Oral sex with multiple partners linked to HPV-cancers

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People who have had 10 or more oral sex partners were found to be 4.3 times more likely to develop human papillomavirus-related mouth and throat cancer, according to new research.

Scientists from Johns Hopkins University also found that having oral sex at a younger age — and with more partners — also increases the risk for the cancers caused by HPV.

“Our research helps patients and physicians answer the question of, ‘Why did I develop HPV-related … cancer,” study co-author Dr. Virginia Drake told UPI.

“Risk of infection is not solely related to number of lifetime oral sex partners, as timing of oral sex and type of partner also play a role,” said Drake, a head and neck surgeon at Johns Hopkins.

In the US, just over 7 percent of all adults age 18 to 69 have HPV, according to the US Centers for Disease Control and Prevention.

About 45,000 people — 55 percent of them women — are diagnosed with HPV-related cancers each year, the CDC estimates.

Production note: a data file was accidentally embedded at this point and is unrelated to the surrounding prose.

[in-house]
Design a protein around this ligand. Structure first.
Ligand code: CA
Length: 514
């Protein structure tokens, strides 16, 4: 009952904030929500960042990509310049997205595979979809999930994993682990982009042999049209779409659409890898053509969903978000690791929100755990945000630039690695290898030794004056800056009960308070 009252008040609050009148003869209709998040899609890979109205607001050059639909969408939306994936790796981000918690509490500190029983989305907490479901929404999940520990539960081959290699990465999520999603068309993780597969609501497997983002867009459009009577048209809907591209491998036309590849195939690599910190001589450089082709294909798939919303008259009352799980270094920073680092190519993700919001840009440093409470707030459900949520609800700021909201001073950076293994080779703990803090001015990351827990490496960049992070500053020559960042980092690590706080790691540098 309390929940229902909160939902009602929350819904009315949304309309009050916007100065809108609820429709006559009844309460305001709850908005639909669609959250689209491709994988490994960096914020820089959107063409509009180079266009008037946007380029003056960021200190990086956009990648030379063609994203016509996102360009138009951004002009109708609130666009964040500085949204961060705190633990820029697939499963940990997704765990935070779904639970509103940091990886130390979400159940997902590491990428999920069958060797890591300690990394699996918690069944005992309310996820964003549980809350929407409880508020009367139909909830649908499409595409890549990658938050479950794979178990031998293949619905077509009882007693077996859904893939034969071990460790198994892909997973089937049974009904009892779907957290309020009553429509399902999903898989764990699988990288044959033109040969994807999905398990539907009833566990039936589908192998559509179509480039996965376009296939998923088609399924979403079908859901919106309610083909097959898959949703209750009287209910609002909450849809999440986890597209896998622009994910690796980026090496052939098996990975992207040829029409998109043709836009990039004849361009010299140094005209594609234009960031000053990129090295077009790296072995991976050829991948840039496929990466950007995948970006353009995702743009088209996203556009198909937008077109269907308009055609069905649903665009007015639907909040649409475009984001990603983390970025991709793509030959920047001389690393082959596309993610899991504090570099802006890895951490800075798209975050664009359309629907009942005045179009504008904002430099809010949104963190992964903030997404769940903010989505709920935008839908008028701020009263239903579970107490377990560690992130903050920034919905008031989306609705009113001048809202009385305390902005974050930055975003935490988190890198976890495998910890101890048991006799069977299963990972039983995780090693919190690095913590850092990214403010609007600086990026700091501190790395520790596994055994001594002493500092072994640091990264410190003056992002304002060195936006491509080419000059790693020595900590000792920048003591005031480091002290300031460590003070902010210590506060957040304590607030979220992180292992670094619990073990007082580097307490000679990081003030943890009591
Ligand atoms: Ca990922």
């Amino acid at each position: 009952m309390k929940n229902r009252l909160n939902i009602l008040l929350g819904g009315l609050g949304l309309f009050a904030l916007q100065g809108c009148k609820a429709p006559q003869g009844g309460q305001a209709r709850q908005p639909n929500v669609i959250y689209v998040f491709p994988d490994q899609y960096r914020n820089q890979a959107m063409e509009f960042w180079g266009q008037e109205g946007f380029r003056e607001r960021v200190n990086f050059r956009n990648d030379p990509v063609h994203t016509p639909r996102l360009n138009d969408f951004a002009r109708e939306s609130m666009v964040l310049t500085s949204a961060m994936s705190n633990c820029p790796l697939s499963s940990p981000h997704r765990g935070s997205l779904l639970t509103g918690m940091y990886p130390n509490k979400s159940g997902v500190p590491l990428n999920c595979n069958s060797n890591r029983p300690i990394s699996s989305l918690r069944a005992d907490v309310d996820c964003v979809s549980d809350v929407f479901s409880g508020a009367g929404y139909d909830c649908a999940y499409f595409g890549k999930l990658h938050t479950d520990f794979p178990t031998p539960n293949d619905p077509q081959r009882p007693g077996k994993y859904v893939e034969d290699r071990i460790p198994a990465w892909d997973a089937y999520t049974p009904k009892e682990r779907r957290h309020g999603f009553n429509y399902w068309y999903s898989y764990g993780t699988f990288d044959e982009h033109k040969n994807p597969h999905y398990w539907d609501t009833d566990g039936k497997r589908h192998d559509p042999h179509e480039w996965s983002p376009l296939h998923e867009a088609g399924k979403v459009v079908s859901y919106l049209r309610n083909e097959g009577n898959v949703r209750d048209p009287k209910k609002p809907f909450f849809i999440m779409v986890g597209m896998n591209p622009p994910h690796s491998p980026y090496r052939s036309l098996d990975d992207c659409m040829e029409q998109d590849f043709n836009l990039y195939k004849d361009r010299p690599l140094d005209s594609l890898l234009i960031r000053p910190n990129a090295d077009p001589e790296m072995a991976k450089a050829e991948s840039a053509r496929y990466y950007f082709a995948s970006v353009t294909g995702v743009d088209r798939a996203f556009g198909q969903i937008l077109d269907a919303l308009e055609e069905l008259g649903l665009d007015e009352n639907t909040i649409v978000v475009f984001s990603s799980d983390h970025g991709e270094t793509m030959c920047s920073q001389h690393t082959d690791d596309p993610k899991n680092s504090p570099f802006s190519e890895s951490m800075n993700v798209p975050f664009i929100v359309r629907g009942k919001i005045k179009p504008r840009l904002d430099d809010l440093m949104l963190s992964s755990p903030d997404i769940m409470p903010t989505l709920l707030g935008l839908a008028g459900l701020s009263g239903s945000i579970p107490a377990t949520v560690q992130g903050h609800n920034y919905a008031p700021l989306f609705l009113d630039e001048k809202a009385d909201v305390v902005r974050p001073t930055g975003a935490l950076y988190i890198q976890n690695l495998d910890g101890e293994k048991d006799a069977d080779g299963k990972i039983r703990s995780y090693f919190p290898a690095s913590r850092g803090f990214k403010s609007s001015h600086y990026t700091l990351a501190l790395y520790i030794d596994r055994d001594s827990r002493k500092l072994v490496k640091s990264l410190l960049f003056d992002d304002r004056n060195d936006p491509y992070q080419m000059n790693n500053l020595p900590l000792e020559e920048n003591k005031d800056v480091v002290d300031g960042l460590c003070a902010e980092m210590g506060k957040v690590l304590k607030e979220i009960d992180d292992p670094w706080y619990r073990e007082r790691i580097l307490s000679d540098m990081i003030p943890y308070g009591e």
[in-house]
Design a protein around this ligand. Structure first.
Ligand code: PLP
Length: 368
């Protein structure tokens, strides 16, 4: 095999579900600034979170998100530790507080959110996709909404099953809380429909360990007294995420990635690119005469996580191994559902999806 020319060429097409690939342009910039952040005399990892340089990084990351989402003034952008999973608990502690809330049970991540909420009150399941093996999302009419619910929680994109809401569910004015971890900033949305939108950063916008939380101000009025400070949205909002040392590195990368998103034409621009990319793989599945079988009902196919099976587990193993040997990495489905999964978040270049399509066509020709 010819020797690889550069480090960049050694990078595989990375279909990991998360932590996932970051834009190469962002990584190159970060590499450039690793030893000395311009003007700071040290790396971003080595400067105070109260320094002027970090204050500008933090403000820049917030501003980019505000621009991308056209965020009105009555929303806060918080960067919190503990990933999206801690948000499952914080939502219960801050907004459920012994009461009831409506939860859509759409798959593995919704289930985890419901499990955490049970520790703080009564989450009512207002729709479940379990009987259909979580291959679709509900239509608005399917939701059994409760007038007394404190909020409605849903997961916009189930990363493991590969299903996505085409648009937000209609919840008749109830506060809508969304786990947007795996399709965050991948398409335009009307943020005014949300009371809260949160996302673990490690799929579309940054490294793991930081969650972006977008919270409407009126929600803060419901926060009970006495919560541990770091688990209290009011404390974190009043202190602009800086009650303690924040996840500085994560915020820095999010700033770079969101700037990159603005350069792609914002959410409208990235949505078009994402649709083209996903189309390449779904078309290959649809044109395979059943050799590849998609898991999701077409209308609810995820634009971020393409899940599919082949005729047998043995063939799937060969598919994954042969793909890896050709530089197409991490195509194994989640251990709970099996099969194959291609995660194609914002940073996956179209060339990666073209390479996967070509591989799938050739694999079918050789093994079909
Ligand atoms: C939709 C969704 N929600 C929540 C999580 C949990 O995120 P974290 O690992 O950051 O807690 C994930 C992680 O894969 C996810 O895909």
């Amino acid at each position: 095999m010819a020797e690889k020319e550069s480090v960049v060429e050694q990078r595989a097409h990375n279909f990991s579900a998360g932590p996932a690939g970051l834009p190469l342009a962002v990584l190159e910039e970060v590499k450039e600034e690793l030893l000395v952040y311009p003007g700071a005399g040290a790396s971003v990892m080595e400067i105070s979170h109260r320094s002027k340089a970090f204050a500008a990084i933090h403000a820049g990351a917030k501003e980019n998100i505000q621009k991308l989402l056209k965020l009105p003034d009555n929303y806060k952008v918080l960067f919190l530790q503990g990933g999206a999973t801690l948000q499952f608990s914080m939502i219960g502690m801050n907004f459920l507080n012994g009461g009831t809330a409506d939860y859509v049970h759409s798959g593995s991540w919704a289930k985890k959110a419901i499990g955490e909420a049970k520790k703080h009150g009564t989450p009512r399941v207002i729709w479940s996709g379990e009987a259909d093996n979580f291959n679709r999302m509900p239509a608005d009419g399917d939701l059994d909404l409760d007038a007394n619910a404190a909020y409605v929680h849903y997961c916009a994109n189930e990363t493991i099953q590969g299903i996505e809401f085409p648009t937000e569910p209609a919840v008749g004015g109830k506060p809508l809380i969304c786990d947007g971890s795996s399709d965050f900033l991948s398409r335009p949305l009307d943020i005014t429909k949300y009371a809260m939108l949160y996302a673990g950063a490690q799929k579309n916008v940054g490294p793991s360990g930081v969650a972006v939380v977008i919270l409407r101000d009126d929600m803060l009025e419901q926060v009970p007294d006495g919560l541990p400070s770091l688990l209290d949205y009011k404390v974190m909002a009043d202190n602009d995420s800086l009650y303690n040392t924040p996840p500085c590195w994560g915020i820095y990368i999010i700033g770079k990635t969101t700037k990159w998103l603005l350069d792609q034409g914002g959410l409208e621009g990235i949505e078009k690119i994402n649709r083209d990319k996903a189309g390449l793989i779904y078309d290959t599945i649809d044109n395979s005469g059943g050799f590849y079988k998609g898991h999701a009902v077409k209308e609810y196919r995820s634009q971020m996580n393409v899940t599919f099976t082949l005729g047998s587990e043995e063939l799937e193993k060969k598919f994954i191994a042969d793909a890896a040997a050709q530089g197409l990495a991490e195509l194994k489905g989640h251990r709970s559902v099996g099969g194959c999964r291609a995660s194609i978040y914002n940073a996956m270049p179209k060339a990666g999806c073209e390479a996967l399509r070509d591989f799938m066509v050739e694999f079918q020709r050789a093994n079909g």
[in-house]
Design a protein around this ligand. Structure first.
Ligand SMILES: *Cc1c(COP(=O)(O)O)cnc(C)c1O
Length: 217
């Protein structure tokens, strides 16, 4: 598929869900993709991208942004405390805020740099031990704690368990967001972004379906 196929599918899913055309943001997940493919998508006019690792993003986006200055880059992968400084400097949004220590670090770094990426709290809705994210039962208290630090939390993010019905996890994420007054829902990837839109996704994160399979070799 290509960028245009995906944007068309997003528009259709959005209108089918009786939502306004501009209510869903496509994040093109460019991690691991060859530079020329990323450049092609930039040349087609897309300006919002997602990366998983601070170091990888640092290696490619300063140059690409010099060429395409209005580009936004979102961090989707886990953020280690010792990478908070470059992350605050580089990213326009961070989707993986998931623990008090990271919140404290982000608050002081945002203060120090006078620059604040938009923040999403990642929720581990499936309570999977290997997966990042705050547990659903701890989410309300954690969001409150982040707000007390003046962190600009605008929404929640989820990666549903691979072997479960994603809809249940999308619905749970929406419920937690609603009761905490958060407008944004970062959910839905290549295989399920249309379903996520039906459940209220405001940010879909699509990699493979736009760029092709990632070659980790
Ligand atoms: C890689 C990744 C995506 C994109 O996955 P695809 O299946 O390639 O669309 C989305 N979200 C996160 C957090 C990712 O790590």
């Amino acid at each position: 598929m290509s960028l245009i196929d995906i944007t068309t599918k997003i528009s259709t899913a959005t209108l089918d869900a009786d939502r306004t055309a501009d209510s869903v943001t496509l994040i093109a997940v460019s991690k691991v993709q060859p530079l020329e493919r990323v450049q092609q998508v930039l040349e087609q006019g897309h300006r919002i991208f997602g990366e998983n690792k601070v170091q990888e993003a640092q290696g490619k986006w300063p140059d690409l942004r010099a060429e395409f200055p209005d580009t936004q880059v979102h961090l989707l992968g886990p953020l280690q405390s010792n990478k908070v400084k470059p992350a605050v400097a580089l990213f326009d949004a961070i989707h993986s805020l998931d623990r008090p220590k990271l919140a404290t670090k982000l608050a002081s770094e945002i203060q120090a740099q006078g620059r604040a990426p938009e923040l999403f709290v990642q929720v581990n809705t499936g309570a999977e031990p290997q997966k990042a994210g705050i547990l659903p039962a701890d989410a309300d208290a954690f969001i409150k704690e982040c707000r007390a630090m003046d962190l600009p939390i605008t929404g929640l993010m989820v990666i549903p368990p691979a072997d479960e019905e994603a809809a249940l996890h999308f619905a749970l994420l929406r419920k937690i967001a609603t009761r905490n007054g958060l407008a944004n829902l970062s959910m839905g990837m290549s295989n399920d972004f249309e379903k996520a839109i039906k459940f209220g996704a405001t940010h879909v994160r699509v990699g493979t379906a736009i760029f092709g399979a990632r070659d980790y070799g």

The team at the Baltimore hospital surveyed 163 adults with HPV-related mouth and throat cancers — and 345 without these diseases — on their sexual behaviors.

Having oral sex as an adolescent or teen raised one’s risk for the cancers by 80 percent, the researchers said. Starting younger and having more partners increased the risk by 180 percent, they added.

Meanwhile, people who had older sexual partners when they were young and those with partners who had extramarital sex were up to 70 percent more likely to have the disease, according to the data cited by UPI.

“People with HPV-associated … cancer have a wide spectrum of sexual histories,” Drake said.

“As with all STDs, having new partners introduces some risk for infection, but most people who become infected clear the infection without developing cancer,” she added.

In a statement, she said: “As the incidence of HPV-related oropharyngeal cancer continues to rise in the United States, our study offers a contemporary evaluation of risk factors for this disease.

“We have uncovered additional nuances of how and why some people may develop this cancer, which may help identify those at greater risk,” Drake added.

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